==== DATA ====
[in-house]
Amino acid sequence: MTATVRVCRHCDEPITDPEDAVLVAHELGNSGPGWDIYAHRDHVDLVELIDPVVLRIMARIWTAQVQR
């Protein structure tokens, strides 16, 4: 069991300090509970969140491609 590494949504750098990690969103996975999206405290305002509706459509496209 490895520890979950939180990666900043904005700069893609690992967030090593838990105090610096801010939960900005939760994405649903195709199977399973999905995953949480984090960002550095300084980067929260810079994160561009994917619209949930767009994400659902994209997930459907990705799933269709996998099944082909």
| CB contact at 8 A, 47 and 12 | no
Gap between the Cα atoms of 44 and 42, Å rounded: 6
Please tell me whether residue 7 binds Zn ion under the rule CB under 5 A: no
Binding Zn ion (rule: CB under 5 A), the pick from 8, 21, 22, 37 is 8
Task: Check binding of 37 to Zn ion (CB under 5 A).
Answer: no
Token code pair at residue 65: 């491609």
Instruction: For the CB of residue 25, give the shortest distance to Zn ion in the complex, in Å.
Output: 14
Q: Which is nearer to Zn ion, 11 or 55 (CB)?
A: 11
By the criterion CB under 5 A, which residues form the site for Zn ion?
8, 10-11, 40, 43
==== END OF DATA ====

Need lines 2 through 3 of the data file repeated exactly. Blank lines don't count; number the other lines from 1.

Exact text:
Amino acid sequence: MTATVRVCRHCDEPITDPEDAVLVAHELGNSGPGWDIYAHRDHVDLVELIDPVVLRIMARIWTAQVQR
């Protein structure tokens, strides 16, 4: 069991300090509970969140491609 590494949504750098990690969103996975999206405290305002509706459509496209 490895520890979950939180990666900043904005700069893609690992967030090593838990105090610096801010939960900005939760994405649903195709199977399973999905995953949480984090960002550095300084980067929260810079994160561009994917619209949930767009994400659902994209997930459907990705799933269709996998099944082909």